Wednesday, June 21, 2017

The Murder Of Alexis Stubbs: Two Cops Did Their Best. Did Chicago?

Two Chicago cops, short-handed and with calls for service stacking up, arrived at the scene of a 12-year-old girl’s murder within ten minutes of the first call for help, city records and dispatch archives show.

But the local police district was operating on a shoestring that night—six units sat idle due to lack of manpower—and now Chicago's left to wonder "what if."

It's impossible to know if things would have ended differently for Alexis Stubbs had the 19th District been properly staffed two Sundays ago. But having full police manpower would certainly make it a lot easier to look in the mirror, knowing that Chicago didn't let her down on the cheap.

Alexis Stubbs
Alexis was beaten and stabbed to death by her mother’s ex-boyfriend in an Uptown apartment just before 10 o'clock on June 11, police said.

31-year-old John Singleton, paroled in April after serving time for a 2014 domestic violence attack on the girl’s mother, is charged with Alexis’ murder.

The mother, Misty Stubbs, called 911 at 9:46 p.m. on June 11 to ask for police assistance in getting Singleton out of her apartment, according to dispatch records provided by Chicago’s Office of Emergency Management and Communications (OEMC) in response to a Freedom of Information Act request.

As she stepped outside and waited for officers to arrive, OEMC classified her call as a domestic disturbance, one of the department’s highest priority classifications.

But the call was not dispatched to officers because the 19th District was in Radio Assignment Pending (RAP) status, which means that there were not enough police units to handle incoming calls for service.

The district—operating on a summery Sunday evening with six of its patrol units down due to lack of manpower—had been in a RAP since 3:31 that afternoon, according to records secured by CWBChicago.
Alexis was killed in her mom's second-floor apartment in the 4600 block of North Beacon | Google
Three minutes after her first call for help, Misty called 911 again, records show. Singleton had armed himself with a knife, she said.

Noting that the situation was escalating, a dispatcher read the call out on the air in case there were resources available. But no one took the call, and it sat unassigned for nearly two more minutes.

Finally, at 9:52 p.m. a two-cop unit was able to respond. Within three minutes, one of the two officers broke onto the radio, breathless, calling for EMS and giving out a description of Singleton, who had just fled through the back door with a hammer.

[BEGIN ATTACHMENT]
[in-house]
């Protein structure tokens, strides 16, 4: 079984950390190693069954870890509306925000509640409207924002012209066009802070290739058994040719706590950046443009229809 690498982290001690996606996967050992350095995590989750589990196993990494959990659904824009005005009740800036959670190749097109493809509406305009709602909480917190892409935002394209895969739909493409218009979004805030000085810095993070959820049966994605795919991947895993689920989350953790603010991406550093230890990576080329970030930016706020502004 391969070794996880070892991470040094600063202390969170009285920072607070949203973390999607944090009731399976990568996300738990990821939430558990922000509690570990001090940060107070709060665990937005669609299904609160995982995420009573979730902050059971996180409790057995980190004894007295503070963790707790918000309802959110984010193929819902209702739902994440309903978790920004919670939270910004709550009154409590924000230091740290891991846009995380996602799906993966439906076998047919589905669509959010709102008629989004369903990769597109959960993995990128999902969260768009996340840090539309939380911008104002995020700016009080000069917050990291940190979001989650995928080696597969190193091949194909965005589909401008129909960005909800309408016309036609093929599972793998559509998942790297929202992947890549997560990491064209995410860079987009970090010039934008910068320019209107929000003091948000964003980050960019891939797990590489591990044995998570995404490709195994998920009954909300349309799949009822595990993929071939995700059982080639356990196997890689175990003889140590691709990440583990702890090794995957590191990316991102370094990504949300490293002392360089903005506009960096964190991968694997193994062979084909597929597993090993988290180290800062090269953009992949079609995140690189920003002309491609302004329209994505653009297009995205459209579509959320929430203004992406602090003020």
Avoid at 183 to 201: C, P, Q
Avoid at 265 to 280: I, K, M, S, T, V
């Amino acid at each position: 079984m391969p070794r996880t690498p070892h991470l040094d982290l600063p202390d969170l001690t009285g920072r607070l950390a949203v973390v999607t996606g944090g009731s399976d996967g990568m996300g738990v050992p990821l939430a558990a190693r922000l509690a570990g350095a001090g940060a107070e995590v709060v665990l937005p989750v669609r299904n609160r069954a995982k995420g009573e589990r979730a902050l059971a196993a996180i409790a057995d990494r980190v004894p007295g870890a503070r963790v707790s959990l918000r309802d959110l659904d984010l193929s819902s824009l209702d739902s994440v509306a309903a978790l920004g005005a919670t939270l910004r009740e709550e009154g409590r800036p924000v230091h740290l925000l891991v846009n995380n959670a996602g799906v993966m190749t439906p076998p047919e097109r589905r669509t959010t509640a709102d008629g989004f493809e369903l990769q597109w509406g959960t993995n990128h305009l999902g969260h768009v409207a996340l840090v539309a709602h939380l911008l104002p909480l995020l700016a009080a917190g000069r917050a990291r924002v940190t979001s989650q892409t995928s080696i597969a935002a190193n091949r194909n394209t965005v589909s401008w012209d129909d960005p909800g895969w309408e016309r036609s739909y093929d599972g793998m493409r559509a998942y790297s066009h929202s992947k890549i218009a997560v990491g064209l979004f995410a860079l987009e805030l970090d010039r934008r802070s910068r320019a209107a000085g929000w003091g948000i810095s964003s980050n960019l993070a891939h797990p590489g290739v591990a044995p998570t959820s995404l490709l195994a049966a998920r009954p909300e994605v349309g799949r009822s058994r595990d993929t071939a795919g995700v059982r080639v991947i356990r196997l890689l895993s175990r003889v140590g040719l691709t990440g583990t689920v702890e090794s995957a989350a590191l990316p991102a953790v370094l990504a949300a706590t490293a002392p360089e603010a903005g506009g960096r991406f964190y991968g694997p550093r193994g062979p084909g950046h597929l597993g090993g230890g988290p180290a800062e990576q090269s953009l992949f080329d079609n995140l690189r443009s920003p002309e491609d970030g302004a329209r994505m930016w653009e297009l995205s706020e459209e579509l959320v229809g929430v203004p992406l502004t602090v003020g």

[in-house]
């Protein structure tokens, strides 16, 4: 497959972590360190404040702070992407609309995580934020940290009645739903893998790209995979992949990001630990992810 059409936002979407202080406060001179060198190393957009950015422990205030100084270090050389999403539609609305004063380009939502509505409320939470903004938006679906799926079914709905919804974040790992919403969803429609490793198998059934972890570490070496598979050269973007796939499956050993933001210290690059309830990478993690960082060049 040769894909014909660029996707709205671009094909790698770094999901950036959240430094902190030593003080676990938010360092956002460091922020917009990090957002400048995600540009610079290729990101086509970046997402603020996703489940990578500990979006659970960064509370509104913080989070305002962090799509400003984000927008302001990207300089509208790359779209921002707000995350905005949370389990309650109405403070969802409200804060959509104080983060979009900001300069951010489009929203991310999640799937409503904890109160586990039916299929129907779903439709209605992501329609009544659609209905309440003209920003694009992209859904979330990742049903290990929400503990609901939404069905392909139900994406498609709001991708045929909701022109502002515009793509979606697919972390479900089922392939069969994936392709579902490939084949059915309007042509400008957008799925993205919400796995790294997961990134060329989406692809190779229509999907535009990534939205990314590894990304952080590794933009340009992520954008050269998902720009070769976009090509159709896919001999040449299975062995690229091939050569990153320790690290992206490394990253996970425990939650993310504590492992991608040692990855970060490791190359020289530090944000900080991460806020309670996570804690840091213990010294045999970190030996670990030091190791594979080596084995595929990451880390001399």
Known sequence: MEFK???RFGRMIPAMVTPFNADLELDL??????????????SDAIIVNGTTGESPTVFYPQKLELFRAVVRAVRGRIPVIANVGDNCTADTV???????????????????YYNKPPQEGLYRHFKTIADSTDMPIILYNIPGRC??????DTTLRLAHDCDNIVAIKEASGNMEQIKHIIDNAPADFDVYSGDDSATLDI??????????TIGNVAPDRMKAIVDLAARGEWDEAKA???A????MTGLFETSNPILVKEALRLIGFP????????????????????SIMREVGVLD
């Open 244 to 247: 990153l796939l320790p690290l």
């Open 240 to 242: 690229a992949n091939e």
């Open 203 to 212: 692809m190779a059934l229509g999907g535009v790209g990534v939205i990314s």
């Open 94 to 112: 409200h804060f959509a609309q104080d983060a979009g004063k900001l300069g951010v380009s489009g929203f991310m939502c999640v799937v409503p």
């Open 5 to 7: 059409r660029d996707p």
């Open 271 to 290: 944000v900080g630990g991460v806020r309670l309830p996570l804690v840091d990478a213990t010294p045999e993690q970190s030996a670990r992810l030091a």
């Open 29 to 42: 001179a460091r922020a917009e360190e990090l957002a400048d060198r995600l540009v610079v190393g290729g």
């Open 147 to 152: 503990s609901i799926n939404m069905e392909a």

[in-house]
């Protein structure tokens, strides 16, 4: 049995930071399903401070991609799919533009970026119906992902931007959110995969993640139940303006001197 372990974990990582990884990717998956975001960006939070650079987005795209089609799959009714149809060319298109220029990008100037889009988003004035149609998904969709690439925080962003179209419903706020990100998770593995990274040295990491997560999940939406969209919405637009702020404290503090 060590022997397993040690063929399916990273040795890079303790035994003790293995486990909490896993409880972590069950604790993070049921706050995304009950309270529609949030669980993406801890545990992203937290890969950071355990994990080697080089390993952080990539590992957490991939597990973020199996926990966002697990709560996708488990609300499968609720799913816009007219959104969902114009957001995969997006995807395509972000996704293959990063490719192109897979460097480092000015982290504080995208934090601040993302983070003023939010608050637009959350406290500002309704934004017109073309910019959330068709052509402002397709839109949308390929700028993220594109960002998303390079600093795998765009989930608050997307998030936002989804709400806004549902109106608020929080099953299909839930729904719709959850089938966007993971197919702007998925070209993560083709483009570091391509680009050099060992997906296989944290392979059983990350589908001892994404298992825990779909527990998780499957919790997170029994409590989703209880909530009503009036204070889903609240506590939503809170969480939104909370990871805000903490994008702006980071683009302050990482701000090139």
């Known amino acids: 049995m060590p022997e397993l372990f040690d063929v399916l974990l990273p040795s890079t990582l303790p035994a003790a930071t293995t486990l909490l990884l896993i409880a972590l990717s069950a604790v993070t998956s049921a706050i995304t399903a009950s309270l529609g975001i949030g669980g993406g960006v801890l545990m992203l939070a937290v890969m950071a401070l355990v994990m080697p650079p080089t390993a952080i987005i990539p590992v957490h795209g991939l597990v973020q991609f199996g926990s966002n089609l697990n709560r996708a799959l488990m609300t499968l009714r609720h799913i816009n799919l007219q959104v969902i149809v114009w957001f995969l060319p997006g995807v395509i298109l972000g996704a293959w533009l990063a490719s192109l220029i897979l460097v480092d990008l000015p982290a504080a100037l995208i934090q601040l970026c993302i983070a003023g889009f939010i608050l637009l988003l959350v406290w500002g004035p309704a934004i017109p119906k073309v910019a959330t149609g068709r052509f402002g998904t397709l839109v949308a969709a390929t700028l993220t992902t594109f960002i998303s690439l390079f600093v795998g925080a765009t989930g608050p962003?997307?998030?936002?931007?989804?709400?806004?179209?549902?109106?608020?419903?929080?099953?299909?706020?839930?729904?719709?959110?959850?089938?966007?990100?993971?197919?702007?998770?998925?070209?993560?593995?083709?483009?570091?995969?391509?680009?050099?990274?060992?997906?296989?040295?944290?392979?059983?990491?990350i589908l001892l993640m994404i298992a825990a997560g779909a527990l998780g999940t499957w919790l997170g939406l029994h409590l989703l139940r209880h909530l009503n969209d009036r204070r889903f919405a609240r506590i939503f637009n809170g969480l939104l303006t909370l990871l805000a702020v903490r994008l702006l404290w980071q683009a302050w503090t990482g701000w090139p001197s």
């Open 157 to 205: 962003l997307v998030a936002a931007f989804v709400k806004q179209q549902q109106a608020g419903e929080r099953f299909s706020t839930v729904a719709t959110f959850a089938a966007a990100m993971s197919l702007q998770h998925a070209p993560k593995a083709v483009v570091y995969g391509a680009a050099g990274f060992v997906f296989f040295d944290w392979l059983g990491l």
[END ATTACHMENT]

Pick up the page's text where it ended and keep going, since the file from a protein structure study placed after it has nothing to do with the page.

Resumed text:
RAP City

The 19th police district, which stretches from Fullerton to Lawrence and from the Chicago River to Lake Michigan, has fallen into RAP status 51 times so far this year, according to records maintained by CWBChicago. The vast majority of those manpower shortages have affected the evening shift from about 2 p.m. until 10 p.m.

By comparison, the district had reached just 23 RAPS at this point last year; 11 RAPS in 2015; and 21 RAPS in 2014.

“The backlogs are terrible,” one Chicago dispatcher told us. “[Shift] change time is absolutely horrible. I feel powerless with no resources.”

Up Is Down

But why is the 19th District is so short-staffed that six units need to sit idle on a June afternoon due to lack of manpower?

After all, local politicians are claiming that manpower in the district is “up.”

Even the media gets into the "up" game. Take this spin from DNAInfo writer Patty Wetli:
The Town Hall (19th) Police District, which serves most of North Center and Lincoln Square, has 50 more officers than it did a year ago and yet residents still feel vulnerable, 
That’s something. Those insecure North Siders with all of the "extra" cops. But it’s not the whole truth.

As of March, the latest month for records are available, the 19th District had 34 more officers on staff than it did a year earlier.

But that modest increase does not nearly make up for the bloodletting that occurred in the district before residents began to speak up.

Compared to 2011, police staffing in the district is down 18%.

Manpower is only “up” if you compare it to how low Mayor Rahm Emanuel and local aldermen allowed it to go.

It seems to be a constant theme for crime issues in Chicago. Up is down and down is up. Smoke and mirrors are preferred over straight talk and definitive action.

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